Sorry for the confusing title, i've been really trying to find a good solution to writing automated tests for maintenance projects (To identify areas that potentially break after doing upgrades to rails versions or w/e it may be. Not all of our web apps are rails though).

Im somewhat familiar with using Capybara/Cucumber (Although Cucumber will be useless for this since I won't need to display any acceptance tests or anything human readable).

Anyways, is there a way for me to write the test and see them happen on a normal browser, then easily switch it to headless (Like using Poltergeist/PhantomJS)?

Capybara seems ideal for this, although im a bit confused.....if Im not using Cucumber with Capybara, what DO I use language wise? Rspec?

Edit: Also any suggestions on the initial driver to use? I need to be able to change things easily without having to rewrite the tests. I've seen that Webkit is a bit faster than Selenium? But I saw that webkit was also headless....and I need to confirm visually the tests are ok (And to Demo them) so im not sure that will work?

  • 1
    I think you're mistaken on what Webkit is. Webkit is a rendering engine that can be used by browsers to transform the website's code into something that can be shown on a screen. en.wikipedia.org/wiki/WebKit
    – Cronax
    May 2, 2016 at 8:44
  • When Capybara mentions using WebKit, they are using some other technology (similar to Selenium) to drive that rendering engine.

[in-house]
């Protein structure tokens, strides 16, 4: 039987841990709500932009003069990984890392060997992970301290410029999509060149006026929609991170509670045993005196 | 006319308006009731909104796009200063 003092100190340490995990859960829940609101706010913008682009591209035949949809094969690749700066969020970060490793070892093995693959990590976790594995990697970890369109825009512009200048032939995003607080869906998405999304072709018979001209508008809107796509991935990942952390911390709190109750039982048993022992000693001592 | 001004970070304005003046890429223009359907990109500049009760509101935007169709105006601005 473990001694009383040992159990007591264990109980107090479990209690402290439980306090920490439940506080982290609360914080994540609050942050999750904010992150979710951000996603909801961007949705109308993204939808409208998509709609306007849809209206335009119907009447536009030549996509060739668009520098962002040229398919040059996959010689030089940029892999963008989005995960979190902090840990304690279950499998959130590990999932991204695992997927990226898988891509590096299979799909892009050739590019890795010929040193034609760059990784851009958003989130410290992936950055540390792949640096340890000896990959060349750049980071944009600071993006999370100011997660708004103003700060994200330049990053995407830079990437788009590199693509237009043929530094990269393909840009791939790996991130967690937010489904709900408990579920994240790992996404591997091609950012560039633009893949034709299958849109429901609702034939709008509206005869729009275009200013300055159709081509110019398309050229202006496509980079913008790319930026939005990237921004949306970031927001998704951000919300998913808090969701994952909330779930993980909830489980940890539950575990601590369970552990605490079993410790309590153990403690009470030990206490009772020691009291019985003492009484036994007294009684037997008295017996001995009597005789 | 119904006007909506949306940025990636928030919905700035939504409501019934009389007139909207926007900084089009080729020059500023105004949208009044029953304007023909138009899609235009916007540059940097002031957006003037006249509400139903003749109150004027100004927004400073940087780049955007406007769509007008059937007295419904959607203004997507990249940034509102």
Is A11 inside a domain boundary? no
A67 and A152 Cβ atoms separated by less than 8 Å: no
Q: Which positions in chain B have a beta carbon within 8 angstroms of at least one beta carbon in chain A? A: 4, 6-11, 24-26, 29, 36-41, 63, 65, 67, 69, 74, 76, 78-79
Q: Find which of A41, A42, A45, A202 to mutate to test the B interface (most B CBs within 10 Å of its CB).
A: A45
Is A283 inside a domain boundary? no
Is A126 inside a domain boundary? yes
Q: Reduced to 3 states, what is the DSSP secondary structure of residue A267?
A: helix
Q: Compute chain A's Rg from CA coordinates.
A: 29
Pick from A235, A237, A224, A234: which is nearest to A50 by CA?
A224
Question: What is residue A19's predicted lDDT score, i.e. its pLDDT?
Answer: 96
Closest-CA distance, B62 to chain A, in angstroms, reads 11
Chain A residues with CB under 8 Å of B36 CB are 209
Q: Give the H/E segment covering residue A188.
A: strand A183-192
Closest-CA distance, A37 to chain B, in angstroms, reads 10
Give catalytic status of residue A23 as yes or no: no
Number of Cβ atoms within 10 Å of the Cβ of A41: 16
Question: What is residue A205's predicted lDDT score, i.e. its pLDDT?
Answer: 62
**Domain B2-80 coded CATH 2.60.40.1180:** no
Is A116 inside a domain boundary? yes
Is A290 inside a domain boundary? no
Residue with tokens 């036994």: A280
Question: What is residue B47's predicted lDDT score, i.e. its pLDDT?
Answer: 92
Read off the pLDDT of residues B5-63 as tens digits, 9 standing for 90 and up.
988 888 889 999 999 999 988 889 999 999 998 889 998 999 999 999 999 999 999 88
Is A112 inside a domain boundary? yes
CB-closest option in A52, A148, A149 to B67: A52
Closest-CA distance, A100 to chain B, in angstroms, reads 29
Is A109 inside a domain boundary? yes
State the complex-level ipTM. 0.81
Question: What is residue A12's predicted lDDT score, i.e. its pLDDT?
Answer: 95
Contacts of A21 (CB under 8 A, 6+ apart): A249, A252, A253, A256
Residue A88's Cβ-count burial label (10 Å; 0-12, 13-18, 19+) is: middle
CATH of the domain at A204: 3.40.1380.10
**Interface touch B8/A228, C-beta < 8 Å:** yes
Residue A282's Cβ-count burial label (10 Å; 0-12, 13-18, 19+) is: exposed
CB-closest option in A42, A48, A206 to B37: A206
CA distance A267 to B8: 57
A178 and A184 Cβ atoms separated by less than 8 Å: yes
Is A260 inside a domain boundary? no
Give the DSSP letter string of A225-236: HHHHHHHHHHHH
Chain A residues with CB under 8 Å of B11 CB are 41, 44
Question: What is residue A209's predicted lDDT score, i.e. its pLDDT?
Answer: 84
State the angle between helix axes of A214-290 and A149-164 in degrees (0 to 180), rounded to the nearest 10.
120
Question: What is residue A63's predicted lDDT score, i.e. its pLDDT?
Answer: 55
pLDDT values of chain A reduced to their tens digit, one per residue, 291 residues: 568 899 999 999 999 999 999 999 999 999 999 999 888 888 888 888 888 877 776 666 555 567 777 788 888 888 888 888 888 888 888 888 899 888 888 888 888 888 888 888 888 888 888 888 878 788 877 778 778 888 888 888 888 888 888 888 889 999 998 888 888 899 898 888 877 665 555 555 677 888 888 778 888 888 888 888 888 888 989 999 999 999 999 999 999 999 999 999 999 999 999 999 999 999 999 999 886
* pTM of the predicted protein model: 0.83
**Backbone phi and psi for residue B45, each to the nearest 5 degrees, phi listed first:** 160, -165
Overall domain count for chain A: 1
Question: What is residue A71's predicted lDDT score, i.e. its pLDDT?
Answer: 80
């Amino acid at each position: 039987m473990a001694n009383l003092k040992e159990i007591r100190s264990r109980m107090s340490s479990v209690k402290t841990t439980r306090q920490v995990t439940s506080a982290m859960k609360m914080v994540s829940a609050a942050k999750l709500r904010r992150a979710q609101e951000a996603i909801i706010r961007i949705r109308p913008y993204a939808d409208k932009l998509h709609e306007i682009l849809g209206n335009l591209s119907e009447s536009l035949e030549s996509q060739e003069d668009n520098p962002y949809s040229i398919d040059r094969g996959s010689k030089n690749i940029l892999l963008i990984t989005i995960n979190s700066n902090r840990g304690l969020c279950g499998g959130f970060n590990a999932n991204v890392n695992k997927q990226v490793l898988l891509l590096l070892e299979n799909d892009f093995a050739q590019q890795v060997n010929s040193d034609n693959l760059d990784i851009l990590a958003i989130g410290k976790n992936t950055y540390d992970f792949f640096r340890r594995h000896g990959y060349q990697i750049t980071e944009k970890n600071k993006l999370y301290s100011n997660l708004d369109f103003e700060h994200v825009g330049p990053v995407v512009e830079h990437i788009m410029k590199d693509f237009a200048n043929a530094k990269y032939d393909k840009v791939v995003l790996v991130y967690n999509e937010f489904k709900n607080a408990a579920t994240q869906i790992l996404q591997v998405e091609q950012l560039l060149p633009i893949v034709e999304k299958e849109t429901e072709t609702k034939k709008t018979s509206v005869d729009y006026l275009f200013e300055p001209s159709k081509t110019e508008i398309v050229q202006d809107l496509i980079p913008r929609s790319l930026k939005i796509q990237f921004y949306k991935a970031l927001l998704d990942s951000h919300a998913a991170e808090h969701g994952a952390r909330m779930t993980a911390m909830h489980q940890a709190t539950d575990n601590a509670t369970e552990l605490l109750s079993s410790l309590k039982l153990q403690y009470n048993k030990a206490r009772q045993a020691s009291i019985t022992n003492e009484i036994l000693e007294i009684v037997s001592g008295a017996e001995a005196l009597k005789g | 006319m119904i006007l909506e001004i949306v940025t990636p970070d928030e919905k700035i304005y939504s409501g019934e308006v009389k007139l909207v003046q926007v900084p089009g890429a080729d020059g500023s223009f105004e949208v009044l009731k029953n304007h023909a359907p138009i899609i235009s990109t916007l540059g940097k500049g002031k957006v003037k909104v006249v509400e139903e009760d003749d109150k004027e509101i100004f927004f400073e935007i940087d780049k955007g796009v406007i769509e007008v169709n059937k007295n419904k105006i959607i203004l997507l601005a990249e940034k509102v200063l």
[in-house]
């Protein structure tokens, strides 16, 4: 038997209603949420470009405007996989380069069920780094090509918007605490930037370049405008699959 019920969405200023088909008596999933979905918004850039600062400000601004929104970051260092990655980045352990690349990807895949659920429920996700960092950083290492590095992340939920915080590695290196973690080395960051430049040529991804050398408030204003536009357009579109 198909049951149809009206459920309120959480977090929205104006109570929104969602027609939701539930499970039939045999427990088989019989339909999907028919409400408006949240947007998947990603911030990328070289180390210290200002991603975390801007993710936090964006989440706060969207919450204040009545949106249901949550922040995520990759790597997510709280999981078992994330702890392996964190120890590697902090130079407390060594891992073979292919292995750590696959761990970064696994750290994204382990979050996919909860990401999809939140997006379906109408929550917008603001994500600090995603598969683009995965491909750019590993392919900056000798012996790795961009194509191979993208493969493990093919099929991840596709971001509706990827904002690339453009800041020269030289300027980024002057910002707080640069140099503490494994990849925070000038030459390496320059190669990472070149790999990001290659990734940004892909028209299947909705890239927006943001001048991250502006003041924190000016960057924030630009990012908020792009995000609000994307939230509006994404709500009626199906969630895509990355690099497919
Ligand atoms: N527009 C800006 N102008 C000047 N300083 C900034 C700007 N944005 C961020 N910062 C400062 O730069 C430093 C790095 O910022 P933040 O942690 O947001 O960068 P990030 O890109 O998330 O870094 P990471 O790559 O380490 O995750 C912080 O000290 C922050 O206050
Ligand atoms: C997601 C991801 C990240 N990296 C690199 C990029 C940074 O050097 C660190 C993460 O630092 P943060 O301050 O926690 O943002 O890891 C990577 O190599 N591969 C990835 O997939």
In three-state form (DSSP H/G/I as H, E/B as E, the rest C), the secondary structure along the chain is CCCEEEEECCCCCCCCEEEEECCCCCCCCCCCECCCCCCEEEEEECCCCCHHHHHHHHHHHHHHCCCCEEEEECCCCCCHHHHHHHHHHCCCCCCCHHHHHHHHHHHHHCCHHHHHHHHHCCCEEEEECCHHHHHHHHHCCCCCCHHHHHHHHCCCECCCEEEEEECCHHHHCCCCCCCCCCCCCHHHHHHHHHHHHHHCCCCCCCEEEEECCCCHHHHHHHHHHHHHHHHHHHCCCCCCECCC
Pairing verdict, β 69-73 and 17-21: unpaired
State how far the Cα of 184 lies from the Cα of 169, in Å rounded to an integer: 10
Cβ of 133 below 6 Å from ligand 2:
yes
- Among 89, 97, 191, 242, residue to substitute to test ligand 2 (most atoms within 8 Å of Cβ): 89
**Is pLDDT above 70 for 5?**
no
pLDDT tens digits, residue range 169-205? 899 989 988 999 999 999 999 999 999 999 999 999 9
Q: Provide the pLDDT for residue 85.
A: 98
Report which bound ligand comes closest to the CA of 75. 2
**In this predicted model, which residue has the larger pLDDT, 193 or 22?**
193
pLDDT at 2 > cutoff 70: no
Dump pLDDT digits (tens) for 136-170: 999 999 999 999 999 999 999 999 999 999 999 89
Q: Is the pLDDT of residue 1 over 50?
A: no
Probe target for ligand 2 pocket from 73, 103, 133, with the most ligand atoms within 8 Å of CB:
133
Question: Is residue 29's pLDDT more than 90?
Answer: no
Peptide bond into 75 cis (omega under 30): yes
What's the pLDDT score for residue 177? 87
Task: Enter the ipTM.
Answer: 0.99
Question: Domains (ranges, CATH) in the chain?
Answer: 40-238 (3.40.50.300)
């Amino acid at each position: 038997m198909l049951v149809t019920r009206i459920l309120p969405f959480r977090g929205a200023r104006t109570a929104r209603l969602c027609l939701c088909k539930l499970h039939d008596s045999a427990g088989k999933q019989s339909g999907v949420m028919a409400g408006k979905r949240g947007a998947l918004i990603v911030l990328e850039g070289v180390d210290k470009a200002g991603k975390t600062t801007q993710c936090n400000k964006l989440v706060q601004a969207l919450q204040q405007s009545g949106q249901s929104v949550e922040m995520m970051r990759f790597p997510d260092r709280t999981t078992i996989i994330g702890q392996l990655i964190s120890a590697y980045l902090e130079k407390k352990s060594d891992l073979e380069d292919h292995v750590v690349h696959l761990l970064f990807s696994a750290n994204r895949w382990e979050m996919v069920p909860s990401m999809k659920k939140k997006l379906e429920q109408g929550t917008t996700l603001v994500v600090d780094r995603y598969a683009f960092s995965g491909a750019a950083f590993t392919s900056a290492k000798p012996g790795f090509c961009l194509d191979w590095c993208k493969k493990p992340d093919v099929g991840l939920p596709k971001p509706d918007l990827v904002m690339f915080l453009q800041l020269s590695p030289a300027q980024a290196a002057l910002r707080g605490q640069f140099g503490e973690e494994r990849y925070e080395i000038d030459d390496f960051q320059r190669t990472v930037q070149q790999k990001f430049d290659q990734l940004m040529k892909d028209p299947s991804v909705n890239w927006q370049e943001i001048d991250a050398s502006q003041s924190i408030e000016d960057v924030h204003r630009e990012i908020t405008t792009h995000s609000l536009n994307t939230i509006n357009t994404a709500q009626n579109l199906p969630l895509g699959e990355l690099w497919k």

– Cronax
    May 2, 2016 at 8:49

2 Answers 2


Firstly, you should separate your process from your technology stack. Evidently, you've defined a process for yourself: you'd like to write tests that you can execute manually to verify certain things and that you can later use in unattended runs to verify those same things. Now you need to find a technology stack which will let you do this.

Now, given your needs, ideally you need a framework that separates the 'code' that makes up the automated tests from the 'code' that drives the actual browser instance, since that will allow you to use the exact same test code for both the manual 'visual' testing and the unattended 'headless' testing.

I personally have no experience with using Capybara, but if it meets those criteria then you should be able to use it without needing to pick up another framework. Just because they promote the usage of a framework for a certain type of testing doesn't mean it can't be used for other testing.

A framework I am personally familiar with is the Robot Framework, which can meet your needs by using the Selenium Webdriver library. Tests are defined in semi-natural language, similar to Capybara/Cucumber, and the actual words (named 'keywords' in this context) will determine what code is actually executed. A large number of keywords are supplied out-of-the-box and virtually anything else you require you can construct custom keywords for, using either built-in keywords, custom keywords, or even custom keywords that run i.e. python code. Changing them from tests that run visually to headless tests is as simple as changing a single parameter, from i.e. Firefox to PhantomJS.


Capybara is a Ruby framework used for emulating a users behavior in a browser.

You can use it with whatever test framework you wish, RSpec, minitest, etc. When using Capybara, as long as you stick to its API (no calling of methods directly on the driver) you should be able to switch between different drivers relatively painlessly, using the selenium driver when you want to watch the tests, poltergeist or capybara-webkit when you want headless with more speed. You can change the driver at any time by setting Capybara.default_driver, Capybara.current_driver, and Capybara.javascript_driver as needed.

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